• File Formats - In addition to supporting common file formats WME also supports alpha channels for PNG and TGA. However it does not support the MP3 format (due to licensing issues) but uses the Ogg Vorbis format instead, arguably providing better compression and sound quality. Furthermore the engine is able to play videos in Ogg Theora and AVI format, including automatic subtitles display (in the SUB format).
  • Scripting - WME provides a flexible object-oriented scripting language that supports a set of methods and attributes to allow you an easy access to the internal engine workings. You can also create your own custom objects and override and customize built-in methods. It uses a C-like syntax, similar to C++, C#, Java or PHP.
  • Parallax scrolling - Multi-layered parallax scrolling for the scenes is natively supported by the engine and scene tool. Unlike most other comparable software no additional scripting is required to implement it.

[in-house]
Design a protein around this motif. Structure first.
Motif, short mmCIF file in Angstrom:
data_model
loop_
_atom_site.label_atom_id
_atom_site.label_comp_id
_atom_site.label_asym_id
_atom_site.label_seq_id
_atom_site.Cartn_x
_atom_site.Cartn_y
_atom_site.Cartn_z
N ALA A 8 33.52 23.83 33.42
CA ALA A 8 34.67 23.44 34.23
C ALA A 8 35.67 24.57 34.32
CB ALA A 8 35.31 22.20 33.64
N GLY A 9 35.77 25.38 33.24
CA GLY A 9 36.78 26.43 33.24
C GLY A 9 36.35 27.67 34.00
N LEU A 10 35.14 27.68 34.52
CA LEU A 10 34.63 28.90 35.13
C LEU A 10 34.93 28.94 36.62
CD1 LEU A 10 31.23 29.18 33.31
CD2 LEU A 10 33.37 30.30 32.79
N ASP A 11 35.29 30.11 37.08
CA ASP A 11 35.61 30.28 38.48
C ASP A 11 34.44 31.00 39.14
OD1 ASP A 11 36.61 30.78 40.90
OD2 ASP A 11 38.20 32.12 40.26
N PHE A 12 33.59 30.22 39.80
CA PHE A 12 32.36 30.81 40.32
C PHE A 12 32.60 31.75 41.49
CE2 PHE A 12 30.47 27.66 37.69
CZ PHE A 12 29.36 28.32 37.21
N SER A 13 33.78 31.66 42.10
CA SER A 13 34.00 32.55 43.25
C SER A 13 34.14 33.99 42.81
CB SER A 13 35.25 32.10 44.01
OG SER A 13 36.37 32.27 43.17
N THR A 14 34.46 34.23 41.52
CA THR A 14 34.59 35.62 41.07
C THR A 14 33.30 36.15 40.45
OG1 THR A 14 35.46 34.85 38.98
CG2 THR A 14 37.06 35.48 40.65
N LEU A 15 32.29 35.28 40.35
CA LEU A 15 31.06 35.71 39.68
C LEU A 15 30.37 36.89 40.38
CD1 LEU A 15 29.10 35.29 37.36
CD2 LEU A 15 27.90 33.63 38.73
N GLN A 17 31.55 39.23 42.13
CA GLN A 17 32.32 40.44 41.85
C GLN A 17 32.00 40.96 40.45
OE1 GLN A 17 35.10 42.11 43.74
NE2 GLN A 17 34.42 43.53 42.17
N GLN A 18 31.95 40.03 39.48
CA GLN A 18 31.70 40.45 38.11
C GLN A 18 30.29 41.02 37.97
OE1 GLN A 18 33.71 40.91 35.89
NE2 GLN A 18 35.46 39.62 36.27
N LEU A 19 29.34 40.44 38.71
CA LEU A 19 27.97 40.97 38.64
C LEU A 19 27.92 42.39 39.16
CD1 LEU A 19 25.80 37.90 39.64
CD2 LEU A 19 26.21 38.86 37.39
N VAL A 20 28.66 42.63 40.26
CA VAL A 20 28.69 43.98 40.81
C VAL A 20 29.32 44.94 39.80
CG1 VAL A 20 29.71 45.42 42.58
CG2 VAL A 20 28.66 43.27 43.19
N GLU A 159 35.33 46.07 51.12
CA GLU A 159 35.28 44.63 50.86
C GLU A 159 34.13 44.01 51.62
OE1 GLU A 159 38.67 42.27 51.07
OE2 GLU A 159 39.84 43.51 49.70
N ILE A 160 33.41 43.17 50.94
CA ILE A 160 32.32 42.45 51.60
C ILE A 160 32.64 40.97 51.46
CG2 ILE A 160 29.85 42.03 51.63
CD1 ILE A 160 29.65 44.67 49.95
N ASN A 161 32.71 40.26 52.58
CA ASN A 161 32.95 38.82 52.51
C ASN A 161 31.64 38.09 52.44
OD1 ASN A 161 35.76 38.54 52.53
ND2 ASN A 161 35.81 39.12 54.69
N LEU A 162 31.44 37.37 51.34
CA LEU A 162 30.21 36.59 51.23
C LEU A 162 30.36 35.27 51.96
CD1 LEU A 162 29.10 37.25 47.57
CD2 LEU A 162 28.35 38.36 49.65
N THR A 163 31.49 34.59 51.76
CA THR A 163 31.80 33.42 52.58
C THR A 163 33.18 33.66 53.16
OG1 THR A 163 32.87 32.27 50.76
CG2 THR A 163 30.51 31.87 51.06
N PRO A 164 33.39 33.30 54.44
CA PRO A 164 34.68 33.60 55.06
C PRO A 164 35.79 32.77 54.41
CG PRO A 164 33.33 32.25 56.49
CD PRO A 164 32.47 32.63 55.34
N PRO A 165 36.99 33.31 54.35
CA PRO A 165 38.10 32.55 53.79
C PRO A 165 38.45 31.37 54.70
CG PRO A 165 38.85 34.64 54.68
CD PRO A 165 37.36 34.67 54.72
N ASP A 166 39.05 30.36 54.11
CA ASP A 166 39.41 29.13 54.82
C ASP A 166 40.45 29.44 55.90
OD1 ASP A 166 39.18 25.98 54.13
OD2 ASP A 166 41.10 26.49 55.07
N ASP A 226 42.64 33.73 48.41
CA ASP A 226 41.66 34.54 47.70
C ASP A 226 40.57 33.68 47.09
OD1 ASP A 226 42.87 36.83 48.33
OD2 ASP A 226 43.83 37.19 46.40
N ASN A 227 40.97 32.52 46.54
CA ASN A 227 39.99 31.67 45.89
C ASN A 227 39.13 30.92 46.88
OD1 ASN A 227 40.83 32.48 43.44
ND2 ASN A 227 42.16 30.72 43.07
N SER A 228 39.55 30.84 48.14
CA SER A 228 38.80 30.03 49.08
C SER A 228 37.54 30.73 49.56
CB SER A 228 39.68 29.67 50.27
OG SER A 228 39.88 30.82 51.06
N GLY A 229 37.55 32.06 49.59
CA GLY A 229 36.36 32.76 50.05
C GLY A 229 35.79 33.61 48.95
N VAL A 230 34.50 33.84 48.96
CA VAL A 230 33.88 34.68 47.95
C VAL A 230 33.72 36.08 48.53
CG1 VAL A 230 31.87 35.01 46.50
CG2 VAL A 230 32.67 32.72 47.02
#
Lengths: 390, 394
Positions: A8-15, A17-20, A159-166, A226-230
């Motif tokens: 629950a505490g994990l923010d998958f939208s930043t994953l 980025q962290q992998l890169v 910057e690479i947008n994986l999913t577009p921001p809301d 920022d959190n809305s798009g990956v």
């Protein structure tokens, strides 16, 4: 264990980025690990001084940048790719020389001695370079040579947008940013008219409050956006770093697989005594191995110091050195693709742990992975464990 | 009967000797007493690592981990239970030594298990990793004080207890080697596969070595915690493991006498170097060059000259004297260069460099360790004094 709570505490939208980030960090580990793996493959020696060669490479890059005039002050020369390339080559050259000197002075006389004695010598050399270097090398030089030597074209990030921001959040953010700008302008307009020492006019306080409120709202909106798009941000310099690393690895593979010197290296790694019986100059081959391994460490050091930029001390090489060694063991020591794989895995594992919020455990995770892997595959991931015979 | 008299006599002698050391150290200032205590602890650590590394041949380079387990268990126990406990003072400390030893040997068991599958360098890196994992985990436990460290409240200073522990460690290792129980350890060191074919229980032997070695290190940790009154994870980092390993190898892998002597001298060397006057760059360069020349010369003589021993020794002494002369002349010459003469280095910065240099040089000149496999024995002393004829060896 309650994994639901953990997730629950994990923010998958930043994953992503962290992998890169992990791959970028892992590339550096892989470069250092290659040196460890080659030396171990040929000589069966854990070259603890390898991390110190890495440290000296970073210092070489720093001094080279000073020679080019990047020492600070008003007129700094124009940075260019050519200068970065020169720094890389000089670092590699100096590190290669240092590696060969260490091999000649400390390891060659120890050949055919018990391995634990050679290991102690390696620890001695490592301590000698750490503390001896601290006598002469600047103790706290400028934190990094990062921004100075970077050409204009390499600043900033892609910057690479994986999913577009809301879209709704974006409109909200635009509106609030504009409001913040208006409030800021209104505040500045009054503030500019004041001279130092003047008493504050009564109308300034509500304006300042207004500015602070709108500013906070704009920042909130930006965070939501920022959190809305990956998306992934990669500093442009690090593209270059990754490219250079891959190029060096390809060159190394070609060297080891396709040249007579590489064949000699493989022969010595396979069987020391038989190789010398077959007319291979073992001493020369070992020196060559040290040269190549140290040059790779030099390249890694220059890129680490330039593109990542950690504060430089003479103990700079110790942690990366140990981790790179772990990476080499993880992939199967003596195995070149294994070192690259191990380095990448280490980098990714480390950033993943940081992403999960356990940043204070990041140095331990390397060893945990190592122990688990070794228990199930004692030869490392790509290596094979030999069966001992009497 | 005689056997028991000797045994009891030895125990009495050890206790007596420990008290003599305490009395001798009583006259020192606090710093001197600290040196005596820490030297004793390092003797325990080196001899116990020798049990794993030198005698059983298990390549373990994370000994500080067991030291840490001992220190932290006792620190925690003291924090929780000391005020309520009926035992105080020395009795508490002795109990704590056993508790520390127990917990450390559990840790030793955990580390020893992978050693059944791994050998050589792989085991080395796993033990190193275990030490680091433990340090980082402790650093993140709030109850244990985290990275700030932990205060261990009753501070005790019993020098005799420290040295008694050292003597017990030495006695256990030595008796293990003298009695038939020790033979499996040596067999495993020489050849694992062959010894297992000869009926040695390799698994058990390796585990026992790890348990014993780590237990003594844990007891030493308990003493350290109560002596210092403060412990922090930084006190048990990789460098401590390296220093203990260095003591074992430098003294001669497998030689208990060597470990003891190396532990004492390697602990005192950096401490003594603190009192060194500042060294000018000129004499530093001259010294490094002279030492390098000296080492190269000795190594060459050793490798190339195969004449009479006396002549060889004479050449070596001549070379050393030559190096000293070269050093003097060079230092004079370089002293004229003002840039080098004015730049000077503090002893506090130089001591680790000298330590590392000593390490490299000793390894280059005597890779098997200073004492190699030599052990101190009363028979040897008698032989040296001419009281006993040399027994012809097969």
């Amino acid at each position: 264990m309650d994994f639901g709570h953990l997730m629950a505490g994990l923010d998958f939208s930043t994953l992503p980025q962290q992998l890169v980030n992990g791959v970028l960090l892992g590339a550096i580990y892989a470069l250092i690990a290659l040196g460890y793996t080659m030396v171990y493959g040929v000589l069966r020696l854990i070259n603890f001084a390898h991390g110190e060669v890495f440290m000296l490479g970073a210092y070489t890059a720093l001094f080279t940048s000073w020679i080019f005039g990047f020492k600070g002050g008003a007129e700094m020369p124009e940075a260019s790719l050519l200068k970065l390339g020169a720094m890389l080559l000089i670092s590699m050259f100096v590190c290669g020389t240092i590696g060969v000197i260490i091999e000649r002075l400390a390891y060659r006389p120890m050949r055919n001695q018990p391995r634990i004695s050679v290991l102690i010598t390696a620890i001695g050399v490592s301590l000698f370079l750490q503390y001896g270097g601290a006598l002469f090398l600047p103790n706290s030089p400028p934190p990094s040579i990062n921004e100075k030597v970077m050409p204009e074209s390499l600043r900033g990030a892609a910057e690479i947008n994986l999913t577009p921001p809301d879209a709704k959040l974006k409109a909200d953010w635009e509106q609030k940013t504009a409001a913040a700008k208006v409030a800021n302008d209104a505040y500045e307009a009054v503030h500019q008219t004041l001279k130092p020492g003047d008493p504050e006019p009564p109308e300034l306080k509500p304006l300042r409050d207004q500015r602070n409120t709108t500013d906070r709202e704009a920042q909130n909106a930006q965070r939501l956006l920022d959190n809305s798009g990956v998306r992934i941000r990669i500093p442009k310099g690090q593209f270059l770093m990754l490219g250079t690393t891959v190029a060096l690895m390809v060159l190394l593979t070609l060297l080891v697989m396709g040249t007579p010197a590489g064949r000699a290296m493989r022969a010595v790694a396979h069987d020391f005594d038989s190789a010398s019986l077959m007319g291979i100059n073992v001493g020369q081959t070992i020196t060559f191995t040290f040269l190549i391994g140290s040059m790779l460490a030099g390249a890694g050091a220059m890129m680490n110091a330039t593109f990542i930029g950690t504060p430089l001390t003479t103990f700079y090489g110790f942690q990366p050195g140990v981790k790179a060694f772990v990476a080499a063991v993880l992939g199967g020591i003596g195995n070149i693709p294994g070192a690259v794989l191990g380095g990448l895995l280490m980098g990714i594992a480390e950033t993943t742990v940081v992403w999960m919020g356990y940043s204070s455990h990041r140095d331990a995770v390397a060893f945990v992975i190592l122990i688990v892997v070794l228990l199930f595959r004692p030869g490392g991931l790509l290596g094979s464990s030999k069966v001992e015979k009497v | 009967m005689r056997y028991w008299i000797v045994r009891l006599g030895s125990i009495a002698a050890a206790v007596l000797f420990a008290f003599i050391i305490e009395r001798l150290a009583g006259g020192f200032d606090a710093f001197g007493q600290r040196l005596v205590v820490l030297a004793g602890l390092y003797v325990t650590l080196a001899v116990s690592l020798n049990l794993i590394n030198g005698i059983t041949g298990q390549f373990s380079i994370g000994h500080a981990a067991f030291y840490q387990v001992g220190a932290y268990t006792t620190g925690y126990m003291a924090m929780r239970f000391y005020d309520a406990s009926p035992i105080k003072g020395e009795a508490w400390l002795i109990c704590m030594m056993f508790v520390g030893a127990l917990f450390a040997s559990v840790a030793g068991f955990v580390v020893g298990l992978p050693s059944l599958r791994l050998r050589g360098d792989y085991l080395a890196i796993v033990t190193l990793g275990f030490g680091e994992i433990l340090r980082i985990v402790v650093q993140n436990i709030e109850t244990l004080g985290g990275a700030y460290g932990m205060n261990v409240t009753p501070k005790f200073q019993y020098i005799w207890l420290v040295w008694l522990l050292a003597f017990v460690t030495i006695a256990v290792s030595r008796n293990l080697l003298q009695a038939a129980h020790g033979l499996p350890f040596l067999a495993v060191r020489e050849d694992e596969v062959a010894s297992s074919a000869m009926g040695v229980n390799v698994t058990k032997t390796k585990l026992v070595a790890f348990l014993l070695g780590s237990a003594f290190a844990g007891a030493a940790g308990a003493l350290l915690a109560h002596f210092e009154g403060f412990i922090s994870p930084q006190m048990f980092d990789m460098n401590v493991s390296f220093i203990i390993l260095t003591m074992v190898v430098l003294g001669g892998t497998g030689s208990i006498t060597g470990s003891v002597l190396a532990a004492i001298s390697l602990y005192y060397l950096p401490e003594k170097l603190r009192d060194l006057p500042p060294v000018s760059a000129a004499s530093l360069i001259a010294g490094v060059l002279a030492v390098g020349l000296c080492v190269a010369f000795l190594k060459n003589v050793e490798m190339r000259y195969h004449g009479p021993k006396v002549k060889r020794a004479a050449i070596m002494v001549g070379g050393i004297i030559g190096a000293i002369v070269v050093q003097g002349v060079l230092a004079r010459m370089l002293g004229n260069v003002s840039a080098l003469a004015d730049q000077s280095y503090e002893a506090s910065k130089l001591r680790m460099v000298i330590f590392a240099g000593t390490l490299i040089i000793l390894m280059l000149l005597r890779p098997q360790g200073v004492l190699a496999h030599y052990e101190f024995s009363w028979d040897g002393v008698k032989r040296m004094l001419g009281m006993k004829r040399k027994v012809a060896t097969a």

• Packages - A game can be compiled into one or more packages which contain all the game resources in a compressed form. This enables, for example, a developer to distribute a separate speech pack, or to release individual game episodes as packages. Packages can have various priorities, to release a patch for a game for example.
  • 3D characters - WME can render 3D characters in real time. While originally supporting only the MilkShape 3D format, it now supports the more universal DirectX format ".X".
  • GUI's - It is possible, using standard controls, to build a complex user interface for a game, such as load/save windows, settings windows, an inventory window, etc. All the controls are fully "skinnable".
  • Localization - A game can be translated into other languages, and isn't limited to text. Localization packages containing localized string table, fonts, graphics, or sounds are possible.
  • Accessibility Support - WME provides several options to improve accessibility for vision-impaired players:
    • Written text can be sent to a text-to-speech synthesizer
    • Active areas on screen can be highlighted using keyboard shortcuts, making them easier to find for people with visual disabilities.
    • The player can pause the game at any time to be able to read text or examine the scene.

The is also an active community that, while small, is growing in size and is willing to help newcomers with coding or recommendations. Community-created free book of tutorials went online in summer 2008.[2]

Game design process